BEST OF THREE. Genzyme is structured as a holding company with each of the three tracking stocks associated with its own division. Of the trio, Genzyme General, the division that produces all drugs associated with rare genetic diseases, is both the largest and the only profitable one. Next year, Genzyme General is expected to record $292.7 million in earnings, or $1.38 a share. That compares with a projected $229 million, or $1.08 a share, in 2002, and the $44.5 million, or 21 cents a share, reported last year.

January, 2003, will be a critical month for those growth projections. That's when the FDA will review clinical trial results on Fabrazyme, Genzyme's treatment for Fabry Disease, as well as Aldurazyme, a third enzyme-replacement therapy for an entirely different disease known as MPS 1. Aldurazyme was developed by Genzyme's partner, BioMarin (BMRN).

If U.S. marketing approval and the new orphan-drug licenses are granted, Genzyme would be likely to join the small club of biotech companies that boast consistent profits and steady earnings growth. The two drugs could raise the company's earnings estimates as much as 25%, analysts say, which would go a long way toward making the on-again, off-again profitability of Genzyme's parent more consistent. If approved, analysts expect both drugs to generate between $150 million and $250 million a year.

REGULATORY ROADBLOCK? While analysts believe the data on Aldurazyme appear strong, Fabrazyme is competing with Transkaryotic's Replagal for the one orphan-drug designation U.S. authorities are likely to award. Both drugs are already being used to treat Fabry disease in Europe, where regulators made what Biotech Opportunities Fund co-manager Libbe Englander describes as the "unusual and unprecedented" decision to allow both on the market.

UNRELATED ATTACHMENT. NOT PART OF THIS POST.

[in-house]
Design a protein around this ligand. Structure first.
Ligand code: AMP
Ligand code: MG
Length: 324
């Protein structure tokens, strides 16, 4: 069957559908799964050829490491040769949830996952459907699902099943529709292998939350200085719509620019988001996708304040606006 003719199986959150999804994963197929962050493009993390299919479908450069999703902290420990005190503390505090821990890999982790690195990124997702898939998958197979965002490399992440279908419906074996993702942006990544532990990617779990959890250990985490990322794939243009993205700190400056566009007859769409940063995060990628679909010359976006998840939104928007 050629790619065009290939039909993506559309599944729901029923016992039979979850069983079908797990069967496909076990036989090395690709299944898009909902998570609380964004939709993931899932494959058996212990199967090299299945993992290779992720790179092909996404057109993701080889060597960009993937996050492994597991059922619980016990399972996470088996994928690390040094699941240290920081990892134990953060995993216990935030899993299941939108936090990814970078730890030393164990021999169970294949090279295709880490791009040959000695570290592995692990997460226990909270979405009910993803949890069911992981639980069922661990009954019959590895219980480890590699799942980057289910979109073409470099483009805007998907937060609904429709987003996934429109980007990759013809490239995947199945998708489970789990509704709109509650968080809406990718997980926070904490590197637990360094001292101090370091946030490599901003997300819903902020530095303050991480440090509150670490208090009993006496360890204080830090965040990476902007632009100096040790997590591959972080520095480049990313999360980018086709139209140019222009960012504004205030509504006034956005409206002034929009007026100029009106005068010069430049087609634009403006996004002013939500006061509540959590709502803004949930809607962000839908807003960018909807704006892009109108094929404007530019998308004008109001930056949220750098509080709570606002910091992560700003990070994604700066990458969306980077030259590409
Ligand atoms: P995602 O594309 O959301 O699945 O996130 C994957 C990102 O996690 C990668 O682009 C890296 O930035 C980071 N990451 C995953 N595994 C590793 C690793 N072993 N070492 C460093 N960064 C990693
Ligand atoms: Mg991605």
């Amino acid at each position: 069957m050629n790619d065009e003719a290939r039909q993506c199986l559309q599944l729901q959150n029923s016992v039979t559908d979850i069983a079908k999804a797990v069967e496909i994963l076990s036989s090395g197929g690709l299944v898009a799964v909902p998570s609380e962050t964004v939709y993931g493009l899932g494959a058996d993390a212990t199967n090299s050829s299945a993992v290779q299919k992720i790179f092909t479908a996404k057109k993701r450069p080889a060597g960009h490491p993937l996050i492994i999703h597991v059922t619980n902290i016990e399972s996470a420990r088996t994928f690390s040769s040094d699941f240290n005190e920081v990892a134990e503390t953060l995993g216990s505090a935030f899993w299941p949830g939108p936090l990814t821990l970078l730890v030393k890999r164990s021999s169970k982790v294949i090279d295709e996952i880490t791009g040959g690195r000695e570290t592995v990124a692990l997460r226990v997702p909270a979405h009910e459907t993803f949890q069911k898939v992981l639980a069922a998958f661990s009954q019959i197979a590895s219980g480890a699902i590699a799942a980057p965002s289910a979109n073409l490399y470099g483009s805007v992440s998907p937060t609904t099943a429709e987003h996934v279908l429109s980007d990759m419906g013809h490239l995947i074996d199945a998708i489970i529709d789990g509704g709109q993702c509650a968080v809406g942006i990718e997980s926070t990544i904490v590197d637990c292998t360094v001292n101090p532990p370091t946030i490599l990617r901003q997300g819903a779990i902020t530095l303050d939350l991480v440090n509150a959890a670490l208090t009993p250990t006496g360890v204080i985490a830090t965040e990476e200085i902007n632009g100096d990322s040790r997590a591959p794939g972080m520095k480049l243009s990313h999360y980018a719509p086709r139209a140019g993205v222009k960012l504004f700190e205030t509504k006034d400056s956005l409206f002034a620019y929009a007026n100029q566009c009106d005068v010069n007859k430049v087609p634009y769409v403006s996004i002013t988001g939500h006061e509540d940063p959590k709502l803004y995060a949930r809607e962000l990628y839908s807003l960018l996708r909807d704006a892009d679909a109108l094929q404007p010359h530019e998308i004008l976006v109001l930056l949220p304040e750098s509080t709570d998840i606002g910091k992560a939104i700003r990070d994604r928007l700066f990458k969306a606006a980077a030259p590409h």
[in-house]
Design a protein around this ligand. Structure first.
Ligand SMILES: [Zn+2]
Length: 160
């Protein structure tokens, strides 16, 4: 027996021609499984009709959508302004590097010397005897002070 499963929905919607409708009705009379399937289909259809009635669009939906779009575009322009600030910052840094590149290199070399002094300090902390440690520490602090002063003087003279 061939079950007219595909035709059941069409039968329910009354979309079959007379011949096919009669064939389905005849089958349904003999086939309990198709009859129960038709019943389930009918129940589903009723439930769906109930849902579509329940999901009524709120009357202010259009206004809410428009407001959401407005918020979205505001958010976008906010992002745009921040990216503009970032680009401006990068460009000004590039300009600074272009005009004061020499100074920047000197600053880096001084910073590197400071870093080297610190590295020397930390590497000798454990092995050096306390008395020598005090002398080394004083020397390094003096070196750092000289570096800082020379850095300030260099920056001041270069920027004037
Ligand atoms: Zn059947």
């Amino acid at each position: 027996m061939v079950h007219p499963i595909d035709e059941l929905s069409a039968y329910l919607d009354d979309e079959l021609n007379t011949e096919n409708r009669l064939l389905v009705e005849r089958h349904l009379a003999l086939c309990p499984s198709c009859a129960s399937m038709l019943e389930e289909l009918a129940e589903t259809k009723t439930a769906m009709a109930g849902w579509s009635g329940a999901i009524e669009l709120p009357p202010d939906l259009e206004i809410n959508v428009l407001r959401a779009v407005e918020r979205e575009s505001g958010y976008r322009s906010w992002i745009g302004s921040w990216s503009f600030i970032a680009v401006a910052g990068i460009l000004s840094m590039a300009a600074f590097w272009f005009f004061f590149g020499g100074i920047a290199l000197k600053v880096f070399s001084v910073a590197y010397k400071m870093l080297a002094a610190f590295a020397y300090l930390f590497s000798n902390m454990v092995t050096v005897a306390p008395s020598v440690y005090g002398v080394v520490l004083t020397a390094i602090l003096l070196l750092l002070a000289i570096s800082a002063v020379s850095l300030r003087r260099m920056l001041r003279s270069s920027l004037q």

This was done because the medications are nearly identical in composition and function and were submitted for regulatory review in Europe at roughly the same time. The FDA isn't likely to approve both drugs, most observers believe, because U.S. orphan-drug laws and regulatory attitudes are far less flexible.

"That's the essence of the orphan-drug legislation," says Jan van Heek, Genzyme's executive vice-president. "Until the approval process before the FDA, anybody can develop a drug for an orphan disease. But at a certain point, only one company will be awarded the exclusive license."

THE FINAL ROUND. So far, Genzyme has the upper hand. Transkaryotic's drug has failed to meet two key clinical-trial objectives that were considered important, but not essential, to obtaining FDA approval. In light of Transkaryotic's setbacks, the FDA may decide to grant the orphan-drug license to Genzyme.

Nonetheless, Transkaryotic isn't giving up. In a last-minute maneuver, it has stepped up efforts to focus on different aspects of its clinical-trial data that may make Replagal more compelling to FDA reviewers. Says Transkaryotic's spokeswoman Justine Koenigsberg: "We continue to believe the FDA will approve Replagal."

So far, Wall Street is betting that Genzyme will prevail. Following Transkaryotic's latest setback in late November, its stock plummeted from $33 to close at $9.85 on Dec. 12. During that same period, Genzyme has risen about 10%. On Dec. 2, Credit Suisse First Boston analyst Mark Augustine raised his rating on Genzyme to outperform from neutral, with a 12-month price target of $40.

With a double dose of good news from the FDA in January, Genzyme would broaden its lead in the increasingly competitive orphan-drug market. Just because its drugs treat diseases that afflict a small number of patients doesn't mean the stakes aren't high. Biotech investors should get ready for a cliff-hanger. Shook covers biotechnology issues for BusinessWeek Online. Follow The Biotech Beat every week, only on BusinessWeek Online